Israeli scientists create world's first 3D-printed heart with human tissue

Israeli scientists create world's first 3D-printed heart with human tissue

Researchers from Tel Aviv University on Monday announced they had printed a 3D vascularised heart made from a patients' own tissue - an achievement that the university touted as a "major medical breakthrough".

At this stage, scientists printed pink and blue 3D rabbit-size hearts, but Professor Tal Dvir of Tel Aviv University, who led the research for the study said that "larger human hearts require the same technology".

But the scientists said many challenges remain before fully working 3D printed hearts will be available for transplant into patients.

The staggering development prompted Israel's Foreign Ministry to react, citing it as yet another exceptional example of Israeli innovation.

The world's first "printed heart" was made with actual human biological material, although only about the size of a rabbit's heart, making it too small for a human, researchers said in the Advanced Science report. The cells were reprogrammed into pluripotent stem cells, while the extracellular matrix of collagen, sugars and proteins were processed into a personalized hydrogel.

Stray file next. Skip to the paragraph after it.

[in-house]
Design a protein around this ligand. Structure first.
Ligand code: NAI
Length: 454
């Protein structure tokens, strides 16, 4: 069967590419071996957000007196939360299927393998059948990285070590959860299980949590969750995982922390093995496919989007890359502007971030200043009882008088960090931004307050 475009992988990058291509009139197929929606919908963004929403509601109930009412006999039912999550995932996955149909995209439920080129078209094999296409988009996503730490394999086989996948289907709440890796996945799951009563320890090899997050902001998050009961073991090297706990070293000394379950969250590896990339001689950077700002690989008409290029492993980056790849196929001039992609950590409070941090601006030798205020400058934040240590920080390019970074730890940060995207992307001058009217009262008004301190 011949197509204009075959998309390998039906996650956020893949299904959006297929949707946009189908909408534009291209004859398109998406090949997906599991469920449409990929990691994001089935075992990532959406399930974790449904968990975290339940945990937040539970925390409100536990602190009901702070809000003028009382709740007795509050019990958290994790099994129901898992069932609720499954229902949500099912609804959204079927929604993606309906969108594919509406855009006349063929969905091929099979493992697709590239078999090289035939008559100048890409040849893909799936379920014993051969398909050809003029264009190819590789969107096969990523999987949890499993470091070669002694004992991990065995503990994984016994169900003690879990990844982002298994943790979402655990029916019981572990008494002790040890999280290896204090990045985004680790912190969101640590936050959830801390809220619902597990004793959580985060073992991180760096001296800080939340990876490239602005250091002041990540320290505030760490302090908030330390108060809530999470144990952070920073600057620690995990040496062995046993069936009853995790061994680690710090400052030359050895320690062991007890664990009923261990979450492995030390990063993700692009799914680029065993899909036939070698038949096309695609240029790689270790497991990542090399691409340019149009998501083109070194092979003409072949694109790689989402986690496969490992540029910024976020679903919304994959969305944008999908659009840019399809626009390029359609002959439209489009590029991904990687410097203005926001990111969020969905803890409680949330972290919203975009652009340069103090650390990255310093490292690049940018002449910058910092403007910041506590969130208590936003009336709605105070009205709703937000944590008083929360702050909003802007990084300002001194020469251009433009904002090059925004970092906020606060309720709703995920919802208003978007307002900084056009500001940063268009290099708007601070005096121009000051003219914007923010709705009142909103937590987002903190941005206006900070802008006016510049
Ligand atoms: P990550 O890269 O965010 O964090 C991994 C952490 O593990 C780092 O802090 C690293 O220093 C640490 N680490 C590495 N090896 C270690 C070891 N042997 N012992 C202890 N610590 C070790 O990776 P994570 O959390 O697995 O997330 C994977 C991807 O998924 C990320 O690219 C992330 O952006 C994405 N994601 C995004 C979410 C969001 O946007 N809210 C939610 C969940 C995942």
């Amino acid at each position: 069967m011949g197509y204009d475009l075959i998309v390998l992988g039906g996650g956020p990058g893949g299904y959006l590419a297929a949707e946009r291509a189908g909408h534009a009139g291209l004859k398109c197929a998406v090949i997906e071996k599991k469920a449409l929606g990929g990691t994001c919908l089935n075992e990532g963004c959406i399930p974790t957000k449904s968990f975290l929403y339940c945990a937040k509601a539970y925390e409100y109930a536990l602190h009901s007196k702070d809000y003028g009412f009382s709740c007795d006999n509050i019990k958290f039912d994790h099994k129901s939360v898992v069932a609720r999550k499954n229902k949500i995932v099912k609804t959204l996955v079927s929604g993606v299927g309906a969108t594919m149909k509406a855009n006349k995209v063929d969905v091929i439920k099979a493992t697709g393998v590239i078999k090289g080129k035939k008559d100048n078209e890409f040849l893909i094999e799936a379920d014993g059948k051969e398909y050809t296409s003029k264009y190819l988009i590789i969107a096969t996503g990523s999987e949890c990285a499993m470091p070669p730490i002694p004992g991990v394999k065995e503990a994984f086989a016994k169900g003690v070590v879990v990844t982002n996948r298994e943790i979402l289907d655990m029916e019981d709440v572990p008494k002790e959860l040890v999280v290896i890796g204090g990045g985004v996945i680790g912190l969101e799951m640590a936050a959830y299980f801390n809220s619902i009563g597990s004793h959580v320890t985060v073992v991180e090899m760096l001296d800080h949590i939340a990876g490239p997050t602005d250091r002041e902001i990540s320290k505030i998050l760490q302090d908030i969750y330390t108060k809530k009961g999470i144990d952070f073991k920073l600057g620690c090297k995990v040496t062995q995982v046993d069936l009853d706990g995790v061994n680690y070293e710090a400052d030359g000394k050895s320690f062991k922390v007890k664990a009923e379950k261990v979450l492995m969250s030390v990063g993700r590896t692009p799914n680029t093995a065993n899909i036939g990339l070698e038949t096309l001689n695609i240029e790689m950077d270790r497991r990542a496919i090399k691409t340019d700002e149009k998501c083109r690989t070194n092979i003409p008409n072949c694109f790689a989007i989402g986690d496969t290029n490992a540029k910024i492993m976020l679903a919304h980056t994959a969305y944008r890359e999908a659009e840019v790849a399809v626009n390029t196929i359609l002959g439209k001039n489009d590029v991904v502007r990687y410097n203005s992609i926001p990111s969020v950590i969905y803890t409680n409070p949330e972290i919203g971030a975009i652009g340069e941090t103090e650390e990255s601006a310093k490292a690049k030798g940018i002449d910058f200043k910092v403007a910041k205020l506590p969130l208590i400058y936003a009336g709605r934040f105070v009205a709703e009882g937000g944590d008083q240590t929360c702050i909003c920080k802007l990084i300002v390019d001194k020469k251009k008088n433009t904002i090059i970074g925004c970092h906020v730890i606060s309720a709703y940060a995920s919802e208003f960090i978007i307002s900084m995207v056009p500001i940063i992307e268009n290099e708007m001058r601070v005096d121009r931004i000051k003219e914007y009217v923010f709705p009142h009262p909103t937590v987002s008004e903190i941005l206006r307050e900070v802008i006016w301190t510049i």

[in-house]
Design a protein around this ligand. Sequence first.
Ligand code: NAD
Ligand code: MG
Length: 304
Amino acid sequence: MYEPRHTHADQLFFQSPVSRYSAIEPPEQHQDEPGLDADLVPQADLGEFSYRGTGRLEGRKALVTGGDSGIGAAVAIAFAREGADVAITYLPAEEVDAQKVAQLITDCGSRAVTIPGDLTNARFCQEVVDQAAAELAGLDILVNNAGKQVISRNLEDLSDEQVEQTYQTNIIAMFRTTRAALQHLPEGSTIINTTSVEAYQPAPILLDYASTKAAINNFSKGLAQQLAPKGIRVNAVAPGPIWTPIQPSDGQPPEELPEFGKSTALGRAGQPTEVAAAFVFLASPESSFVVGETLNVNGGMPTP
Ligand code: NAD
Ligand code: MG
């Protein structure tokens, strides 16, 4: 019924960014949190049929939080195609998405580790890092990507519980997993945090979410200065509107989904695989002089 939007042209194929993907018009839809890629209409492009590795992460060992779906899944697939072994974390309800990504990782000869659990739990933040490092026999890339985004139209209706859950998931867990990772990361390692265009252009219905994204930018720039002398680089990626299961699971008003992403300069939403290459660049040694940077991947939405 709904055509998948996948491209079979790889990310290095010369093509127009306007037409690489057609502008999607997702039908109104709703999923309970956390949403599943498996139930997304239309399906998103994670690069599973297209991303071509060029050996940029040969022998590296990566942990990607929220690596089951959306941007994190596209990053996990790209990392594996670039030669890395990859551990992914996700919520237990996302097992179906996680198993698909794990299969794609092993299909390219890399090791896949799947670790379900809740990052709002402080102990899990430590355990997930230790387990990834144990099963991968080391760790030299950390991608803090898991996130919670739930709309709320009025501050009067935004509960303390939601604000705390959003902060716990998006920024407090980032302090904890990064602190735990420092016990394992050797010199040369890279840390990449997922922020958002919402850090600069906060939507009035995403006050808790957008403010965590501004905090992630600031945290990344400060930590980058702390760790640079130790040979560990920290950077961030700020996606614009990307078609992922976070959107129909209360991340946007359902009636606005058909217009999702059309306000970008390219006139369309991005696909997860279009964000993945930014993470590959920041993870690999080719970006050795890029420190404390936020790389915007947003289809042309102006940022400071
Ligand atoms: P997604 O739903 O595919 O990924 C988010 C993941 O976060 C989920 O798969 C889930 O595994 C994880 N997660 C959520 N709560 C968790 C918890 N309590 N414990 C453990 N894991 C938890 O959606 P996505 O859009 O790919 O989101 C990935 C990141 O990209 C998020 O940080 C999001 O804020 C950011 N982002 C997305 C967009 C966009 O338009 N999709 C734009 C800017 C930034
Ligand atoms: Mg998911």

Heart disease is the leading cause of death among both men and women in the United States. That allowed researchers to create complex tissue models including cardiac patches and eventually an entire heart. "It's completely biocompatible and matches the patient".

He said that given a dire shortage of heart donors, the need to develop new approaches to regenerate a diseased heart was urgent.

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3D printed construction of a miniature heart model.

The tiny organ, now only the size of a cherry, was engineered from the tissue of patients which was use to create a bio-ink.

The cells need to mature for another month or so and then should be able to beat and contract, Dvir said.

Further, they say, "advanced technologies to precisely print these small‐diameter blood vessels within thick structures should be developed".

"The biocompatibility of engineered materials is crucial to eliminating the risk of implant rejection, which jeopardizes the success of such treatments", Prof. "Ideally, the biomaterial should possess the same biochemical, mechanical and topographical properties of the patient's own tissues".

Before introducing them in organ transplantation, researchers first need to test them on animals and then on humans. Our hope is that we will succeed and prove our method's efficacy and usefulness. The paper is co-authored by Nadav Noor, Assaf Shapira, Reuven Edri, Idan Gal, Lior Wertheim and Tal Dvir of Tel Aviv University.

"Maybe, in 10 years, there will be organ printers in the finest hospitals around the world, and these procedures will be conducted routinely", Dvir said. Note: material may have been edited for length and content.

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